By Christina Thiele

This year the United Nations will celebrate the 23rd anniversary of the UN Convention on the Rights of the Child (UNCRC) and Canada will celebrate 21 years of our commitment to the UNCRC.

I bring it up because every country in the world has ratified it (except for 3) making it the most ratified international convention in the world. It’s important because it was the first time that many world leaders and countries recognized that children and youth are individual rights holders who have some basic rights.

Yet, in BC, there is still little awareness of Canada’s obligations to children and youth under this Convention. Within our communities, governments, schools, and even families, the Convention is largely invisible.

Do you know what rights children and youth are entitled to? When you hear that children and youth have a special set of rights, what comes to mind?

I’ll share with you what others have shared with me:

“It doesn’t matter to me that I have rights under the UNCRC because the government will just tear up my rights card anyways.”

While it’s true that the rights of young people are not always respected, progress has been made. Historically children were the “property” of their parents and childhood was a pesky time for adults because it meant that children were too weak to work or take on “adult” tasks. Childhood was an annoying period of waiting for adulthood. Now we recognize children and youth as rights holders and childhood and adolescence is generally accepted as an important developmental and spiritual time that should be protected. We have laws that protect young people from being trafficked, going to war and social policies that ensure young people have access to public spaces (parks, playgrounds), programs, and schools. In the context of human history, these are all relatively new concepts. Things do change, especially when we are working together as a group.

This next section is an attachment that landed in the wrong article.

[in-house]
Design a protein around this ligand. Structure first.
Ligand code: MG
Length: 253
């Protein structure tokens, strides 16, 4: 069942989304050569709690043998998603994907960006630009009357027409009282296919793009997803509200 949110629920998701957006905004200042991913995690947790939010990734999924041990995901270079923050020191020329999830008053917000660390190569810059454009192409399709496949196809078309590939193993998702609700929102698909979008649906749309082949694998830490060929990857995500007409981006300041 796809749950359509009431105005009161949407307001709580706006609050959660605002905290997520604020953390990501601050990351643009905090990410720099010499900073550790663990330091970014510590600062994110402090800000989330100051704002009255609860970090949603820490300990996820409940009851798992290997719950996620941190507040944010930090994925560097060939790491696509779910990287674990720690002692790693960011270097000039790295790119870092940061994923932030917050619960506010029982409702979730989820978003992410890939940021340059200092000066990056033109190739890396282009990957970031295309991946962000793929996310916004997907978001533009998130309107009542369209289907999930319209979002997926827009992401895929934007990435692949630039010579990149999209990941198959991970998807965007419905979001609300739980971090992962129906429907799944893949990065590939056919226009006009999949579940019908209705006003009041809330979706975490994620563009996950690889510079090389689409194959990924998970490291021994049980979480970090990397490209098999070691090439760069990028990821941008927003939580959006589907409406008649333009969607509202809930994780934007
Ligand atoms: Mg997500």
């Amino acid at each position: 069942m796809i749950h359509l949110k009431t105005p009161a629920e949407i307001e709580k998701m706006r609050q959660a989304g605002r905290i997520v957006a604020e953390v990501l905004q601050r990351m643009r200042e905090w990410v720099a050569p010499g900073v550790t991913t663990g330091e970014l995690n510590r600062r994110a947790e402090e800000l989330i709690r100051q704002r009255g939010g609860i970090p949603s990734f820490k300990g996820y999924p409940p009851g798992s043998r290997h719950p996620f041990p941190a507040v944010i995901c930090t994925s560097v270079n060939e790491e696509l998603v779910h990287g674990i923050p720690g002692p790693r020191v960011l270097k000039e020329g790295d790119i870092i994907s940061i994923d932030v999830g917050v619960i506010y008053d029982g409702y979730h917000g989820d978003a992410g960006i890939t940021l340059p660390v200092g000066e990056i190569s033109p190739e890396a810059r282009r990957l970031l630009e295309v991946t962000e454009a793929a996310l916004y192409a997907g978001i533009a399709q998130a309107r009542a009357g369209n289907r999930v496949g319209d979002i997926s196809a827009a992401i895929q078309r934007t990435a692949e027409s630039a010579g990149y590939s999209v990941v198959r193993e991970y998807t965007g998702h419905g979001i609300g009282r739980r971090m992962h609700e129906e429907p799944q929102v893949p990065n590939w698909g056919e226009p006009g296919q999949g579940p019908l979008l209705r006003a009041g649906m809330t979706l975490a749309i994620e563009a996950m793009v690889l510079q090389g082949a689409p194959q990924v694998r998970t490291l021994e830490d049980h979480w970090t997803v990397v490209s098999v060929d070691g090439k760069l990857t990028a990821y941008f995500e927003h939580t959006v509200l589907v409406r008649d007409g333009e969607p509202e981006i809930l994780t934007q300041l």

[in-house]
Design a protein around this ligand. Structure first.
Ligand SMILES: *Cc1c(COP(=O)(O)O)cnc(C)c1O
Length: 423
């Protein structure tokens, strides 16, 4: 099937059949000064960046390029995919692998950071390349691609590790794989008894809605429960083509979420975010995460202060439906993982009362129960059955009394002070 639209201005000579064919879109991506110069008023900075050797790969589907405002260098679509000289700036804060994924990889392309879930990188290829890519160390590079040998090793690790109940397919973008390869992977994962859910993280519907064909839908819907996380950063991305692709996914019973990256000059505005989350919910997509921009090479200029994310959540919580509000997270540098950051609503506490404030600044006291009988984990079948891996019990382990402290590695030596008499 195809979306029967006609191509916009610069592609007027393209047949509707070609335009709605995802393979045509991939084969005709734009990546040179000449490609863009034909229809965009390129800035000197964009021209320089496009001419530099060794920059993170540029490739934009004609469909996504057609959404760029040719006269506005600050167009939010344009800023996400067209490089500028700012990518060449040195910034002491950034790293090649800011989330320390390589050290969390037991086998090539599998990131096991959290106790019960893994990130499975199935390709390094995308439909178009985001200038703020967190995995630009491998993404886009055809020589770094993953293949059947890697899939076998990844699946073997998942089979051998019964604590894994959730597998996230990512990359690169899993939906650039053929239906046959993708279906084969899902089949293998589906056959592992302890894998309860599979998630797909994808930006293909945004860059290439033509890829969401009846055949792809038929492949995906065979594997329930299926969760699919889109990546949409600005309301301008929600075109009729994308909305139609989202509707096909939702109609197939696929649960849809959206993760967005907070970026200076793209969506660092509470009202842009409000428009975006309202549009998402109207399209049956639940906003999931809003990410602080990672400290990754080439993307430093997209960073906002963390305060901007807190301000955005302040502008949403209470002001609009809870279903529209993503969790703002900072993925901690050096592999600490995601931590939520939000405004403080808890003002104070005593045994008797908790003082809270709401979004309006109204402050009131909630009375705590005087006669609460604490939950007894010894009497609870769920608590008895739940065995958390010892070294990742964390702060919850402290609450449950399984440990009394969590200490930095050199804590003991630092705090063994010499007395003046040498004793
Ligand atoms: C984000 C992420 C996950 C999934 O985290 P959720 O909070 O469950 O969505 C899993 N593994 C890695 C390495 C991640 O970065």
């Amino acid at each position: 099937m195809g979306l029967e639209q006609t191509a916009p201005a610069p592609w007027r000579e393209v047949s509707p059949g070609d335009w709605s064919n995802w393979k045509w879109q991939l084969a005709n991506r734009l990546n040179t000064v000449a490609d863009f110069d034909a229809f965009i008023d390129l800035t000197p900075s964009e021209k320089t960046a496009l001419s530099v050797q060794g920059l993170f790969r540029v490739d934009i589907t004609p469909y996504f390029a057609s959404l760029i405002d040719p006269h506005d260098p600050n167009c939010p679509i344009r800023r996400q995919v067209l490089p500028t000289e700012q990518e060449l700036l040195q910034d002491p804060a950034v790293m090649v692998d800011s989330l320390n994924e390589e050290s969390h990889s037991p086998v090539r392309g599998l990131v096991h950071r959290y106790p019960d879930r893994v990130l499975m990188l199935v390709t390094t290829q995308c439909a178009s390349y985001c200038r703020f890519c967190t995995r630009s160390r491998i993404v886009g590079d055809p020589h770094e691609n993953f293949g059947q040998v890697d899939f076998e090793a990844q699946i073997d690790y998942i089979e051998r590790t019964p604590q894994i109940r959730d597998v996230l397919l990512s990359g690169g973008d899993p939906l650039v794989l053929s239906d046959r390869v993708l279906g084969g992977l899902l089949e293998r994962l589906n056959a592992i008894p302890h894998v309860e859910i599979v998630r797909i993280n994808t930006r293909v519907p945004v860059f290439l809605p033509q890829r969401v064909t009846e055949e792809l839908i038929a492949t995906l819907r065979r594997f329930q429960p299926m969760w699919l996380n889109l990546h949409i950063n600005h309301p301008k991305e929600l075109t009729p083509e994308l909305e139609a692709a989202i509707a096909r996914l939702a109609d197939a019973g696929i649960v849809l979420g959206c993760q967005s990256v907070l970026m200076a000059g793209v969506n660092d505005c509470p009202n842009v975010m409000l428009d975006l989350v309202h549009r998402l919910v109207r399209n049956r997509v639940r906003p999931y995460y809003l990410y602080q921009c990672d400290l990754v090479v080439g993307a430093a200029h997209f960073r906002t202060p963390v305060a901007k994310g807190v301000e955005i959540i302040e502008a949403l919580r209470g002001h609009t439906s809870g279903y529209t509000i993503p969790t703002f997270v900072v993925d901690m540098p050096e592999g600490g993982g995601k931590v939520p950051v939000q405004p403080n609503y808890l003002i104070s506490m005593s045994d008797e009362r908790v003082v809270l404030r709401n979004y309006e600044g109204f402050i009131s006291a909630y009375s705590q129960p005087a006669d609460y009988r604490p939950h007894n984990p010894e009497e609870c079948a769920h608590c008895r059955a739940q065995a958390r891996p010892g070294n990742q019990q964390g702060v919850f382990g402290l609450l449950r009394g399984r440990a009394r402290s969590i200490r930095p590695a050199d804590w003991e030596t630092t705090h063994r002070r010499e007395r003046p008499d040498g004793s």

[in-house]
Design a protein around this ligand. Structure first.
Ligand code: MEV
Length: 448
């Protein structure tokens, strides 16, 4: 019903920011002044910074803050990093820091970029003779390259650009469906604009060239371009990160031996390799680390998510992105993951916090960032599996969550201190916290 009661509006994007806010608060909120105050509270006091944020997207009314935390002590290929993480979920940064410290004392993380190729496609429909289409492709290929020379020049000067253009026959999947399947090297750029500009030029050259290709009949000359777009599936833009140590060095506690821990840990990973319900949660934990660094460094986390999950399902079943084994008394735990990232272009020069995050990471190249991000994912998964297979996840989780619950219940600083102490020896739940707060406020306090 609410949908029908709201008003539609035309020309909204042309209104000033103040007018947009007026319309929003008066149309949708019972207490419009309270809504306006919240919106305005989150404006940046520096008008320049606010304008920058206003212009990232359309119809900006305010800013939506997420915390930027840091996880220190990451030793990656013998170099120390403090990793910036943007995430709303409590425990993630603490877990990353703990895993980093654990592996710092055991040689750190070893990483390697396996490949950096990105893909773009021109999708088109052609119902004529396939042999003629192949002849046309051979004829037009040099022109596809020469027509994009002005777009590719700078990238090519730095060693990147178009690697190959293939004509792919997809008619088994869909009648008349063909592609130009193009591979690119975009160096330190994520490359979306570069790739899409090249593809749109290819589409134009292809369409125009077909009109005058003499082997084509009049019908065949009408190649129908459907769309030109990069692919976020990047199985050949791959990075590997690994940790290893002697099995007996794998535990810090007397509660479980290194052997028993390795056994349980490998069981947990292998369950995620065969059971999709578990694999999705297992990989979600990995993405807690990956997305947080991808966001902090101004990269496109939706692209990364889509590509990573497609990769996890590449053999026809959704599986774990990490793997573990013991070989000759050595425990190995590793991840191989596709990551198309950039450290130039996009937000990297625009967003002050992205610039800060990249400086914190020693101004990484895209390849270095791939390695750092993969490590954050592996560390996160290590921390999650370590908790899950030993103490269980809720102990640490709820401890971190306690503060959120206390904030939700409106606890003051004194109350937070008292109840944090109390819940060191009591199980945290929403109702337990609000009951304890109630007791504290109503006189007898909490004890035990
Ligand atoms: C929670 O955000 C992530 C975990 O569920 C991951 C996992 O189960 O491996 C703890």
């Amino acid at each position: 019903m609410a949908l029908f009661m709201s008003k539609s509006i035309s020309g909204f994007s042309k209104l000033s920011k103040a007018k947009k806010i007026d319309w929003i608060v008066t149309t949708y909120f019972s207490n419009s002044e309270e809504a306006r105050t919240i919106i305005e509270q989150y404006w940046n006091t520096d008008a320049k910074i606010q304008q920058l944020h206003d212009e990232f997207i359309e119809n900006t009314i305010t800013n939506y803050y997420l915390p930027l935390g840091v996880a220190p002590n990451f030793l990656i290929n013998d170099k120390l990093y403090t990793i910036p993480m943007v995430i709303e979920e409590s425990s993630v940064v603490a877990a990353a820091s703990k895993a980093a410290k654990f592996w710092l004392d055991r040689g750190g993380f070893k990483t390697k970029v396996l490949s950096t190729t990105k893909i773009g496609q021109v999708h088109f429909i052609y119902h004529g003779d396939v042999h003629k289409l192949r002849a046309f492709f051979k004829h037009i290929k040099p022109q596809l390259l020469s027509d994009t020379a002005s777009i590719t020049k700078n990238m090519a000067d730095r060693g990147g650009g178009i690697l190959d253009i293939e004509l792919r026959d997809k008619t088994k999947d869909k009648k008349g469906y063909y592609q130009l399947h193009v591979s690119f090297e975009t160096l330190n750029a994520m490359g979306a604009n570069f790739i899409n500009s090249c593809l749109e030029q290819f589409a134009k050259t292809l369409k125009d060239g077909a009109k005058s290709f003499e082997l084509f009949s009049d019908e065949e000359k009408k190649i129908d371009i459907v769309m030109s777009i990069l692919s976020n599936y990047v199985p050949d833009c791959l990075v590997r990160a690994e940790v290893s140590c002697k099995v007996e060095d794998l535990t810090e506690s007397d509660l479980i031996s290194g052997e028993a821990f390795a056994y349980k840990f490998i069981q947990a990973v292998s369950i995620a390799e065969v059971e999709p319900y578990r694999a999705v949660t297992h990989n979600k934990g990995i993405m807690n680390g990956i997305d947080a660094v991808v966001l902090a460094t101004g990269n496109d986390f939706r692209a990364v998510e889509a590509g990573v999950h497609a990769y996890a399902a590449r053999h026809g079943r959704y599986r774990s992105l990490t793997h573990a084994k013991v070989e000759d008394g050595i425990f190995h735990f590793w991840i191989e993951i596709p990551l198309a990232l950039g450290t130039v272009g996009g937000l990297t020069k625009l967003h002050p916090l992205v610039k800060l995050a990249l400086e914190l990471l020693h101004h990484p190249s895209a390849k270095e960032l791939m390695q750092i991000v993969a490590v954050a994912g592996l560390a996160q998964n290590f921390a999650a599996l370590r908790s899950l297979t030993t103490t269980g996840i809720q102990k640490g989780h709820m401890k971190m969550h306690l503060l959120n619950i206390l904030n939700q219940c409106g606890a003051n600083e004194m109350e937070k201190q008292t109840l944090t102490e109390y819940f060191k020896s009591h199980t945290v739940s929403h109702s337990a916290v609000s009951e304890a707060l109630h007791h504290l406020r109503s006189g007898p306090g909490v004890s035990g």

“Child rights are not necessary for kids in Canada because children here have it “pretty good”. If anything, we should be focusing on children’s rights in developing countries.”

Rights are universal and children in British Columbia face many challenges, including poverty, lack of access to the best healthcare possible, racial discrimination, barriers to meaningful participation in society, and drastic cuts to their education system.

“Children’s rights compete with adults’ rights and if children find out they have rights, they will be more difficult to control and/or discipline.”

Rights come with responsibilities. Embedded in the UNCRC rights include the rights of parents, guardians, and caregivers. Research shows that young people who learn about their rights also learn about their responsibilities are more respectful of others.

So how can you exercise your rights?

  • Learn what rights you have
  • Speak up respectfully, but speak up. Refuse to be silent when you see a lack of respect for other people’s rights
  • Learn how to report violations to address things like bullying, cyber-bullying, ageism, homophobia, racism, or discrimination of any kind
  • Find and join groups that interest you and work to improve conditions for everyone
  • Become a mentor for other youth
  • Learn about issues facing children and youth in other parts of the world

The next question is when should you exercise your rights and when is the time to build community? Um … right away!!

Here are some things you can do right now:

Yes, in the last 20 years many things have improved for children and youth in Canada, but let’s not wait for another 5, 10, or 15 to name the barriers that children and youth face and do something about it.

BC has the highest poverty rate in Canada and everyday young people in our communities go to bed hungry, can’t afford healthy food, battle with head lice and bed bugs, are ignored because of their age, cannot access the health care they need, are discriminated against, are not consulted on decisions that affect them, and are denied the opportunities to practice their culture and traditions. All of these are violations of the basic rights of children and youth. We should never settle for acceptable levels of poverty, or “good enough” … this is human dignity we’re talking about.

So let’s begin by hi:yay̓əs. Exercise your rights, build bridges in your communities however you define it, take the opportunity to meaningfully participate, and look for what brings us together.

Christina Thiele is the Communications and Child Rights Project Coordinator for the Society for Children and Youth of BC and serves on the board for the Environmental Youth Alliance. Planning and developing child rights projects keeps her busy during the day. By night she tends to a pretty feeble/embarrassing balcony garden, makes jam and wine, and can be spotted riding her bike wearing the most colourful helmet she could find. 

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